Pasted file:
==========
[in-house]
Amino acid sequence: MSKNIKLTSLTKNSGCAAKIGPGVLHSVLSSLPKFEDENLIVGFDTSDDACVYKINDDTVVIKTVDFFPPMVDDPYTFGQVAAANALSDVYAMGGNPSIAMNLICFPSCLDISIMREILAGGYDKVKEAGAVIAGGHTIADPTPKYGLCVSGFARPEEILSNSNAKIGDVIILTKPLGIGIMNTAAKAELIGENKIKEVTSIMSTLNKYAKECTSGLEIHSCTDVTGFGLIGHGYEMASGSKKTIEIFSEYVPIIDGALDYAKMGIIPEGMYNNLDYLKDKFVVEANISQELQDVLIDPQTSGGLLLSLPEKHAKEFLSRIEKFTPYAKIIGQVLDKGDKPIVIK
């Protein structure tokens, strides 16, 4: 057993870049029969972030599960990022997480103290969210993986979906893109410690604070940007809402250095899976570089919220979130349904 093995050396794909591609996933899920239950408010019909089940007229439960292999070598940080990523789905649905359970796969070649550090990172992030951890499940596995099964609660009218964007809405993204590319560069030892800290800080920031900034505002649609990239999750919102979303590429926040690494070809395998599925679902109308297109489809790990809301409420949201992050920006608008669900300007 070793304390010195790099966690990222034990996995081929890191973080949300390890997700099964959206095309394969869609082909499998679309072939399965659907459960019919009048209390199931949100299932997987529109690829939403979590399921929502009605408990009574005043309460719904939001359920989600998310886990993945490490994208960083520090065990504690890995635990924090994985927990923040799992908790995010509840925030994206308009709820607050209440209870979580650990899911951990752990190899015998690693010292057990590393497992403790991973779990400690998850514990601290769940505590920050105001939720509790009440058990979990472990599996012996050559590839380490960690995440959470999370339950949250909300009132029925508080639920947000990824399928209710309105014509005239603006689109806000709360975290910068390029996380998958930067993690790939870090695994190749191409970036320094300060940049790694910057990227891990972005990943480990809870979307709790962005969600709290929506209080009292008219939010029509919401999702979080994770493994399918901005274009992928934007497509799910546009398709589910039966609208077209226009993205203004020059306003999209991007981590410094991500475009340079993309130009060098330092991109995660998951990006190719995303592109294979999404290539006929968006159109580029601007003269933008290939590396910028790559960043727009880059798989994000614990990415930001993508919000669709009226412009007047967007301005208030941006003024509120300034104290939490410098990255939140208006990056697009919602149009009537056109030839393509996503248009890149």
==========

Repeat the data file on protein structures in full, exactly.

[in-house]
Amino acid sequence: MSKNIKLTSLTKNSGCAAKIGPGVLHSVLSSLPKFEDENLIVGFDTSDDACVYKINDDTVVIKTVDFFPPMVDDPYTFGQVAAANALSDVYAMGGNPSIAMNLICFPSCLDISIMREILAGGYDKVKEAGAVIAGGHTIADPTPKYGLCVSGFARPEEILSNSNAKIGDVIILTKPLGIGIMNTAAKAELIGENKIKEVTSIMSTLNKYAKECTSGLEIHSCTDVTGFGLIGHGYEMASGSKKTIEIFSEYVPIIDGALDYAKMGIIPEGMYNNLDYLKDKFVVEANISQELQDVLIDPQTSGGLLLSLPEKHAKEFLSRIEKFTPYAKIIGQVLDKGDKPIVIK
């Protein structure tokens, strides 16, 4: 057993870049029969972030599960990022997480103290969210993986979906893109410690604070940007809402250095899976570089919220979130349904 093995050396794909591609996933899920239950408010019909089940007229439960292999070598940080990523789905649905359970796969070649550090990172992030951890499940596995099964609660009218964007809405993204590319560069030892800290800080920031900034505002649609990239999750919102979303590429926040690494070809395998599925679902109308297109489809790990809301409420949201992050920006608008669900300007 070793304390010195790099966690990222034990996995081929890191973080949300390890997700099964959206095309394969869609082909499998679309072939399965659907459960019919009048209390199931949100299932997987529109690829939403979590399921929502009605408990009574005043309460719904939001359920989600998310886990993945490490994208960083520090065990504690890995635990924090994985927990923040799992908790995010509840925030994206308009709820607050209440209870979580650990899911951990752990190899015998690693010292057990590393497992403790991973779990400690998850514990601290769940505590920050105001939720509790009440058990979990472990599996012996050559590839380490960690995440959470999370339950949250909300009132029925508080639920947000990824399928209710309105014509005239603006689109806000709360975290910068390029996380998958930067993690790939870090695994190749191409970036320094300060940049790694910057990227891990972005990943480990809870979307709790962005969600709290929506209080009292008219939010029509919401999702979080994770493994399918901005274009992928934007497509799910546009398709589910039966609208077209226009993205203004020059306003999209991007981590410094991500475009340079993309130009060098330092991109995660998951990006190719995303592109294979999404290539006929968006159109580029601007003269933008290939590396910028790559960043727009880059798989994000614990990415930001993508919000669709009226412009007047967007301005208030941006003024509120300034104290939490410098990255939140208006990056697009919602149009009537056109030839393509996503248009890149």